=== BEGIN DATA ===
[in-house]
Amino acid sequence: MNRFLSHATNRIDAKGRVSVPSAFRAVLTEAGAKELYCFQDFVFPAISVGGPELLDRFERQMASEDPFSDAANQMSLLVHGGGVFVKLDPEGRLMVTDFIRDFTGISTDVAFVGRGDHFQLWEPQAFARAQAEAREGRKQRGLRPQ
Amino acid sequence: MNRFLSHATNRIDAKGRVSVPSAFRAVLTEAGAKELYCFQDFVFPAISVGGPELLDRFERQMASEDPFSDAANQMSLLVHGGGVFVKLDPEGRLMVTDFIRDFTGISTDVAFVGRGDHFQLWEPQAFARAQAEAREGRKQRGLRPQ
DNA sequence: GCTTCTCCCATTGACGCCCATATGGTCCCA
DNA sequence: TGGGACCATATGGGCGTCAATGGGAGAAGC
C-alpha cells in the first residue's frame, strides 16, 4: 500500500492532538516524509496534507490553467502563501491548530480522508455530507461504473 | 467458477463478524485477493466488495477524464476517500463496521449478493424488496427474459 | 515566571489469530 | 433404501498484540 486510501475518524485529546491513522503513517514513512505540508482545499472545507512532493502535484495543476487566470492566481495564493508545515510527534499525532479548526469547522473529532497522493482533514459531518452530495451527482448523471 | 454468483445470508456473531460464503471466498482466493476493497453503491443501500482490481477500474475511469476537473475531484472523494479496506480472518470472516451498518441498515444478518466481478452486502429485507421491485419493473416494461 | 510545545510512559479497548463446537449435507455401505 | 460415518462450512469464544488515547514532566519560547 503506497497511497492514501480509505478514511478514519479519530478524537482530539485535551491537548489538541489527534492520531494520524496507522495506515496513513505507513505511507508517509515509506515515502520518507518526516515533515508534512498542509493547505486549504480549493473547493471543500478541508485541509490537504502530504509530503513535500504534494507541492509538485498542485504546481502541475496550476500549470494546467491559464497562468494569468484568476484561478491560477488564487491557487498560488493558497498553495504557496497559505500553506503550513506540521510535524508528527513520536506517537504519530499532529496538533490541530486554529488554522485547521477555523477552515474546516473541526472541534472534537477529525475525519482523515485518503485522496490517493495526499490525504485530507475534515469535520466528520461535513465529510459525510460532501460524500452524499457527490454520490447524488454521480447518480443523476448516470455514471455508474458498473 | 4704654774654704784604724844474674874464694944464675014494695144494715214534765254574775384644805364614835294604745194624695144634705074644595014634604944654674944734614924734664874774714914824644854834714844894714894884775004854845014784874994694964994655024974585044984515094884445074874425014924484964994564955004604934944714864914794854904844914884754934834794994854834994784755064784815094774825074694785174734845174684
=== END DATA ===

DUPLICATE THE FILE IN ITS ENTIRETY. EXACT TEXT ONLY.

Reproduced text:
[in-house]
Amino acid sequence: MNRFLSHATNRIDAKGRVSVPSAFRAVLTEAGAKELYCFQDFVFPAISVGGPELLDRFERQMASEDPFSDAANQMSLLVHGGGVFVKLDPEGRLMVTDFIRDFTGISTDVAFVGRGDHFQLWEPQAFARAQAEAREGRKQRGLRPQ
Amino acid sequence: MNRFLSHATNRIDAKGRVSVPSAFRAVLTEAGAKELYCFQDFVFPAISVGGPELLDRFERQMASEDPFSDAANQMSLLVHGGGVFVKLDPEGRLMVTDFIRDFTGISTDVAFVGRGDHFQLWEPQAFARAQAEAREGRKQRGLRPQ
DNA sequence: GCTTCTCCCATTGACGCCCATATGGTCCCA
DNA sequence: TGGGACCATATGGGCGTCAATGGGAGAAGC
C-alpha cells in the first residue's frame, strides 16, 4: 500500500492532538516524509496534507490553467502563501491548530480522508455530507461504473 | 467458477463478524485477493466488495477524464476517500463496521449478493424488496427474459 | 515566571489469530 | 433404501498484540 486510501475518524485529546491513522503513517514513512505540508482545499472545507512532493502535484495543476487566470492566481495564493508545515510527534499525532479548526469547522473529532497522493482533514459531518452530495451527482448523471 | 454468483445470508456473531460464503471466498482466493476493497453503491443501500482490481477500474475511469476537473475531484472523494479496506480472518470472516451498518441498515444478518466481478452486502429485507421491485419493473416494461 | 510545545510512559479497548463446537449435507455401505 | 460415518462450512469464544488515547514532566519560547 503506497497511497492514501480509505478514511478514519479519530478524537482530539485535551491537548489538541489527534492520531494520524496507522495506515496513513505507513505511507508517509515509506515515502520518507518526516515533515508534512498542509493547505486549504480549493473547493471543500478541508485541509490537504502530504509530503513535500504534494507541492509538485498542485504546481502541475496550476500549470494546467491559464497562468494569468484568476484561478491560477488564487491557487498560488493558497498553495504557496497559505500553506503550513506540521510535524508528527513520536506517537504519530499532529496538533490541530486554529488554522485547521477555523477552515474546516473541526472541534472534537477529525475525519482523515485518503485522496490517493495526499490525504485530507475534515469535520466528520461535513465529510459525510460532501460524500452524499457527490454520490447524488454521480447518480443523476448516470455514471455508474458498473 | 4704654774654704784604724844474674874464694944464675014494695144494715214534765254574775384644805364614835294604745194624695144634705074644595014634604944654674944734614924734664874774714914824644854834714844894714894884775004854845014784874994694964994655024974585044984515094884445074874425014924484964994564955004604934944714864914794854904844914884754934834794994854834994784755064784815094774825074694785174734845174684